I just got back from a 2 day bachelorette trip in Iceland. Why Iceland? Because if you follow flight deals like me, Wow Air and Iceland Air are always having crazy cheap flight deals to Reykjavik. It was cheaper to fly to Iceland than Napa. So, the real question is, why not? With a group of 11 girls, naturally our first stop was the Blue Lagoon, but as you’ll read below, it should be everyone’s first stop…
Getting To The Blue Lagoon
When figuring out logistics for my Iceland trip, time was a factor because I was only there for 48 hours, but cost was a big consideration too because Iceland is one of the most expensive countries in the world.
We chose to go to the Blue Lagoon straight from our flight in. You should either go right as you arrive in Reykjavik or right before you fly out for two reasons:
1: You will save time. The Blue Lagoon is right by the airport. Therefore, you go from the airport to BL (20 mins), then from BL to downtown (40 mins). Instead of 45 mins from the airport to downtown then another 45 mins from your hotel to the BL and then another 45 mins back to your hotel if you were to do it in the middle of your trip.
2: You will save money. This eliminates two transfer costs. BL will book the transfer for you and only charge you a one way fee to get you from the airport and to downtown afterwards. For great cheap food options, check out my next blog post.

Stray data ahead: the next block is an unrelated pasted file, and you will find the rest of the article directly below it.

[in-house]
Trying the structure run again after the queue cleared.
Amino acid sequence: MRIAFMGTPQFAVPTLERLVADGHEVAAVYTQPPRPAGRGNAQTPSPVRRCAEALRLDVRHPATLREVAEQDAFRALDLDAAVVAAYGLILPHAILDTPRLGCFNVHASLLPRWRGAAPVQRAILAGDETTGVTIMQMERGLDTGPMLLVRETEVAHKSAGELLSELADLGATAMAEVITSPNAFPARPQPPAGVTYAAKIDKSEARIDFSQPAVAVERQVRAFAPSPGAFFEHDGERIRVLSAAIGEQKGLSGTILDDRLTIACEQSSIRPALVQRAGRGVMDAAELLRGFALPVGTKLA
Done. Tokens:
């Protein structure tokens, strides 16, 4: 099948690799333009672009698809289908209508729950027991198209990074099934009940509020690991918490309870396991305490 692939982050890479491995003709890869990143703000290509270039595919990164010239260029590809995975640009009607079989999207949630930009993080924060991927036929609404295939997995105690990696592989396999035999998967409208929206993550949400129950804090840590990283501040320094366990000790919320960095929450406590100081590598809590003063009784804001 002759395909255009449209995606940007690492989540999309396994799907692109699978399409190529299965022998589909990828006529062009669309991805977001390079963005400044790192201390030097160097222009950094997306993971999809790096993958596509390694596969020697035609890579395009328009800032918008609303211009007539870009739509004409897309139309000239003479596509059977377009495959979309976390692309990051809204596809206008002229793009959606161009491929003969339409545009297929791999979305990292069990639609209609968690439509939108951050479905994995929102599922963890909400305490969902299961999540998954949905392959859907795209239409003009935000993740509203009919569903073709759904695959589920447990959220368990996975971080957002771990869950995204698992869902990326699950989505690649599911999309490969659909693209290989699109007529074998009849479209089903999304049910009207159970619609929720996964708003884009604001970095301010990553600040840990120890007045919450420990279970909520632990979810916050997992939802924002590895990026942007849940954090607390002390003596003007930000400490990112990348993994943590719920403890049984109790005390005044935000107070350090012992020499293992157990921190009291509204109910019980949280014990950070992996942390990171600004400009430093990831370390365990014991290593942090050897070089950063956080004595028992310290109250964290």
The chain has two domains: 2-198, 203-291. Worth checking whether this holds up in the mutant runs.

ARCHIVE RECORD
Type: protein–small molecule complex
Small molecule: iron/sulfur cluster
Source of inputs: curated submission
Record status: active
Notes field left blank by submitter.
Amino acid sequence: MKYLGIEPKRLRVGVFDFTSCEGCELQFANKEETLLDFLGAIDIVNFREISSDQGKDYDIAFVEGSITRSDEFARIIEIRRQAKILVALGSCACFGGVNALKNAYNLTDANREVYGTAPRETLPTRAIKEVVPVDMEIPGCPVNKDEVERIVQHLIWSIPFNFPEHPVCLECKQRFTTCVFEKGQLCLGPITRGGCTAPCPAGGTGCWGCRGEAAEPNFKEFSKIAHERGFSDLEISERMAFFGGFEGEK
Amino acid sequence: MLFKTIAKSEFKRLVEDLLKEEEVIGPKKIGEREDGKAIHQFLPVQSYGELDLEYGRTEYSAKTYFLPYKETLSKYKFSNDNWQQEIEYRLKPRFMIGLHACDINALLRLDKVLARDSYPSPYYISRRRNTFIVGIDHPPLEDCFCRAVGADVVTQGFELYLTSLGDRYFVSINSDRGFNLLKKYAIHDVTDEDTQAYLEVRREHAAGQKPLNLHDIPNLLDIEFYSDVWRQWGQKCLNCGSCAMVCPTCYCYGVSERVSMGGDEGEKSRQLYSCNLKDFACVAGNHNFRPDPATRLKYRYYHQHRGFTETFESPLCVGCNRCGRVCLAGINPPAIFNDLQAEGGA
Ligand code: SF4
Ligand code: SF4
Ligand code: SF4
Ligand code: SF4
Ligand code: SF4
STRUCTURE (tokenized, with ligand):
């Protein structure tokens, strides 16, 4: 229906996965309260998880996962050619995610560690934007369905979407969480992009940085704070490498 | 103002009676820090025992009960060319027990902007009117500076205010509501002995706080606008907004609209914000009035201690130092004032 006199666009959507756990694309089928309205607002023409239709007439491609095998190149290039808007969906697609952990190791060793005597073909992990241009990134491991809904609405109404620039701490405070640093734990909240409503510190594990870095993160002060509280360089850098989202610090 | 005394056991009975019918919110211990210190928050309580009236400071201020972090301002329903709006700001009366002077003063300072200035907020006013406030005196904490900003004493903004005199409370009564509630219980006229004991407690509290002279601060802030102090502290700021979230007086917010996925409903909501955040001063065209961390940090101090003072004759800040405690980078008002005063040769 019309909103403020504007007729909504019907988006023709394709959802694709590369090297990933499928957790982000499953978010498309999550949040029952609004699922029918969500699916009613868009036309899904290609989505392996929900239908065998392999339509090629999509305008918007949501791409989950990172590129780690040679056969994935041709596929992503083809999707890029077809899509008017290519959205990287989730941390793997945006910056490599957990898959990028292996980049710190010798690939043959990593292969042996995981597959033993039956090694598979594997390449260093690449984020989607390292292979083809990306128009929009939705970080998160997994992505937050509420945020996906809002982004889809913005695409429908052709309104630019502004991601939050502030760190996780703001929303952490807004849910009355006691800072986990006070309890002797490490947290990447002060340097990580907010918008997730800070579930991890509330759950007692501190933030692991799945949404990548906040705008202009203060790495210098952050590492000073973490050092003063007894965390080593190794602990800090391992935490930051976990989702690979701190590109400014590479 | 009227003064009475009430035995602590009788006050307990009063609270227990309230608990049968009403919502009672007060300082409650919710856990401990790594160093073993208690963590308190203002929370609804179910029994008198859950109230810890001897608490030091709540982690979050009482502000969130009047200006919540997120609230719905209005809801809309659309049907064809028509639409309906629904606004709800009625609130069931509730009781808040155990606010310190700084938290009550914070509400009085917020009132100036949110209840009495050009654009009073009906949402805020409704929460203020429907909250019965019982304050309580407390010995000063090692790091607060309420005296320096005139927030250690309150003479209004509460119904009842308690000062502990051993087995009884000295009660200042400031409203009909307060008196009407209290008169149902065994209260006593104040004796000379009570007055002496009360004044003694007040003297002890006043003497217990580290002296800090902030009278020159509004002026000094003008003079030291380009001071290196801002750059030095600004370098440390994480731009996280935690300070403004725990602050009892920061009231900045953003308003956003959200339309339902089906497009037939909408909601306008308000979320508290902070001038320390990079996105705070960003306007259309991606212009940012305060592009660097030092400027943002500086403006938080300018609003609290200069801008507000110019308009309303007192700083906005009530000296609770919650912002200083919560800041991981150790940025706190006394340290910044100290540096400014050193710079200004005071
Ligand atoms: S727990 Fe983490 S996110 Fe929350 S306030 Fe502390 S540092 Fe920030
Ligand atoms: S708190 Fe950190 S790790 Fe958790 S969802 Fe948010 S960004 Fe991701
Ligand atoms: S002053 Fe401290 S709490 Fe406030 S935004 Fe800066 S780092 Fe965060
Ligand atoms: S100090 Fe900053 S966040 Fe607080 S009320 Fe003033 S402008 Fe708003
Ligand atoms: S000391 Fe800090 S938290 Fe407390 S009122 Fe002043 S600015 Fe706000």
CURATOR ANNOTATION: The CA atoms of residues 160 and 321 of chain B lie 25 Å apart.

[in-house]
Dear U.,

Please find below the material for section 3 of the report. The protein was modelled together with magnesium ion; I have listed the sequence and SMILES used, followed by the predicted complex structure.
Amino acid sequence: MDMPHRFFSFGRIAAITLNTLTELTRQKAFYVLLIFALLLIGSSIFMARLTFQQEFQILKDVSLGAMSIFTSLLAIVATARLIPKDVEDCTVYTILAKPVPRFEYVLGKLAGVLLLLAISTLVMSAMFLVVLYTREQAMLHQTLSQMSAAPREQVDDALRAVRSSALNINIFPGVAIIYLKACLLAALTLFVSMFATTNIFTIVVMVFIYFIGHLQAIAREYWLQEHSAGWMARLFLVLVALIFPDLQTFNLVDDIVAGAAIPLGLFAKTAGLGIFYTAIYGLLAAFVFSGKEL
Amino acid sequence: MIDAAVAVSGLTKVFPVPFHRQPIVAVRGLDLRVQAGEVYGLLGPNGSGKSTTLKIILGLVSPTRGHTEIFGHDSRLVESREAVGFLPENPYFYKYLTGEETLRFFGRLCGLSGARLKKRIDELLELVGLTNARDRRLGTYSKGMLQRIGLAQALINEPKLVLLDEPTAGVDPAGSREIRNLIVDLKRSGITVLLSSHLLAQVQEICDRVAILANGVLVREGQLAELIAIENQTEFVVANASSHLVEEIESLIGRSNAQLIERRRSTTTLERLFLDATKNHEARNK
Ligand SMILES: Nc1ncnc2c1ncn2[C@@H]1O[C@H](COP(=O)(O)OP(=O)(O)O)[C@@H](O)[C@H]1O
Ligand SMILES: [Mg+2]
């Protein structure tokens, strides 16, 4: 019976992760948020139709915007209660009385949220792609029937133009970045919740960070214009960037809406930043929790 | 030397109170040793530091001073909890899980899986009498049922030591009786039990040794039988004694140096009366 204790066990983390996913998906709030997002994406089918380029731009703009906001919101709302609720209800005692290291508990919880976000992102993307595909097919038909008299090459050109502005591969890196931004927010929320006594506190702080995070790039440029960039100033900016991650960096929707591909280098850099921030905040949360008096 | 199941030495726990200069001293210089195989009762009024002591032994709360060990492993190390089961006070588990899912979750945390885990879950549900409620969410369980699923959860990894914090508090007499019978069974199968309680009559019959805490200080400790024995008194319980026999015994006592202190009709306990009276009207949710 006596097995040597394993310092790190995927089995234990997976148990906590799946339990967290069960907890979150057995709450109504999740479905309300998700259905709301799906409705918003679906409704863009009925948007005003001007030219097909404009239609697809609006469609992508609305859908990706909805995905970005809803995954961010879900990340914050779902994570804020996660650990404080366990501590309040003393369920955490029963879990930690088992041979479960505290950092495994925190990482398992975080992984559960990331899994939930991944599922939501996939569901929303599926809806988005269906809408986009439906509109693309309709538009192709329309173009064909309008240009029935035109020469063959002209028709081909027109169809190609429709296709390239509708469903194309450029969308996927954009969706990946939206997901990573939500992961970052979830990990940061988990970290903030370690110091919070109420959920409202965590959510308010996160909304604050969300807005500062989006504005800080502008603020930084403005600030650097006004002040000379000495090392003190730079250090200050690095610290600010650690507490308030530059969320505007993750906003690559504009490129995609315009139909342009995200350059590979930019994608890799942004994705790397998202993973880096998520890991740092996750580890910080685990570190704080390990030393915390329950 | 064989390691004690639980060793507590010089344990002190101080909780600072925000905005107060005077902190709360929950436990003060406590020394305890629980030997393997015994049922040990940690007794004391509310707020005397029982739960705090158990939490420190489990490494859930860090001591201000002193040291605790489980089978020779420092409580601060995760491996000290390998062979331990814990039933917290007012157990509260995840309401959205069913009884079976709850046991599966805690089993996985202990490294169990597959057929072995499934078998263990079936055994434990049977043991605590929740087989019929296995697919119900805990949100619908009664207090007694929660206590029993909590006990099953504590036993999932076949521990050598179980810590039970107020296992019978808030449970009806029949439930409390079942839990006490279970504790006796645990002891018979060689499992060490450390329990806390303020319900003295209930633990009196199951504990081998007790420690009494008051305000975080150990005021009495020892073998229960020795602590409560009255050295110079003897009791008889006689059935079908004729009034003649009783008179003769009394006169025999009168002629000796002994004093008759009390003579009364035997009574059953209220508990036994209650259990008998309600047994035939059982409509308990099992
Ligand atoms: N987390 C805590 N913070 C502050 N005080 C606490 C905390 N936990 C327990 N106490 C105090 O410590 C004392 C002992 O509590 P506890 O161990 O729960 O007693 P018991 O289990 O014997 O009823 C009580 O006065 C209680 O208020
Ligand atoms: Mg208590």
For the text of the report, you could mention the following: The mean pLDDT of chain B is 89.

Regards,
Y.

Since so many people chose to do this, the Blue Lagoon makes it very easy. When you go online to buy tickets, you book the transfer at the same time. You select what time they should pick you up from the airport, and you select your drop off location for when you’re done. All hotels and common apt rentals spots are listed. You don’t have to designate the time to leave the BL. Buses leave BL every hour.
🗝 Tip: Plan to spend several hours there. We were there from 8am to about 3:30pm.
🗝 Tip: Because so many people come from the airport, there is a luggage storage service for about $5 USD. It’s right at the entrance, and you have to walk another 5 mins to the actual Blue Lagoon. So, make sure you have everything you want to bring to the lagoon (like bathing suits, etc) easily accessible.
You must buy your tickets to the Blue Lagoon ahead of time. Not only is it required, but it’s not uncommon for tickets to sell out.
There are 4 different ticket options. They are Standard for 6100 ISK (one person), Comfort for 8100 ISK (one person), Premium for 10200 ISK (one person) and luxury for 53000 ISK (two people). These are the starting prices for each option. The price can vary depending on when you go and how in advance you book. I went at the end of the summer, so a pretty popular time and there was no variation in price when I looked at tickets, but I booked more than a month in advance. So, I think booking well in advance is the key.
I did the Premium, and it’s what I recommend. It’s not the cheapest, but I think the premium was worth it because:
- Towel: Having a towel is a must. Packing a towel from home would take up way too much space in my luggage. Also, you can always ask for a fresh one. You just have to find an employee in the locker room, because there’s none lying around anywhere.
- Bathrobe: When I went in August, it was freezing when you’re out of the water so having a robe was great. You’re also allowed to wear it in the restaurant. It was very relaxing being able to just throw on the robe to eat lunch instead of showering & changing.